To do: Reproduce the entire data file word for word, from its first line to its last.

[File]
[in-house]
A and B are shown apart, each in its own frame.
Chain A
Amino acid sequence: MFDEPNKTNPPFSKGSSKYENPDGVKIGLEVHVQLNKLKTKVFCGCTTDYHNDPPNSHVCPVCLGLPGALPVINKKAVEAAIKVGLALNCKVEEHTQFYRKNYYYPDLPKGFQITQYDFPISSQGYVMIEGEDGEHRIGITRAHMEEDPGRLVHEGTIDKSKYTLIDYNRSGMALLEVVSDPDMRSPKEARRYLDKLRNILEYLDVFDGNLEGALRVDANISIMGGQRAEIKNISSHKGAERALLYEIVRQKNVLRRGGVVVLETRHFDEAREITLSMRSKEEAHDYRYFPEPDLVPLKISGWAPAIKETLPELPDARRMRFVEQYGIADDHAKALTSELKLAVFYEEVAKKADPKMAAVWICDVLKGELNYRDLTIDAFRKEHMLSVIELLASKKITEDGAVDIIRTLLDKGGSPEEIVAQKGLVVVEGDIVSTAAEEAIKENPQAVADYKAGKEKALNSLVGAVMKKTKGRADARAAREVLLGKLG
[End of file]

[in-house]
A and B are shown apart, each in its own frame.
Chain A
Amino acid sequence: MFDEPNKTNPPFSKGSSKYENPDGVKIGLEVHVQLNKLKTKVFCGCTTDYHNDPPNSHVCPVCLGLPGALPVINKKAVEAAIKVGLALNCKVEEHTQFYRKNYYYPDLPKGFQITQYDFPISSQGYVMIEGEDGEHRIGITRAHMEEDPGRLVHEGTIDKSKYTLIDYNRSGMALLEVVSDPDMRSPKEARRYLDKLRNILEYLDVFDGNLEGALRVDANISIMGGQRAEIKNISSHKGAERALLYEIVRQKNVLRRGGVVVLETRHFDEAREITLSMRSKEEAHDYRYFPEPDLVPLKISGWAPAIKETLPELPDARRMRFVEQYGIADDHAKALTSELKLAVFYEEVAKKADPKMAAVWICDVLKGELNYRDLTIDAFRKEHMLSVIELLASKKITEDGAVDIIRTLLDKGGSPEEIVAQKGLVVVEGDIVSTAAEEAIKENPQAVADYKAGKEKALNSLVGAVMKKTKGRADARAAREVLLGKLG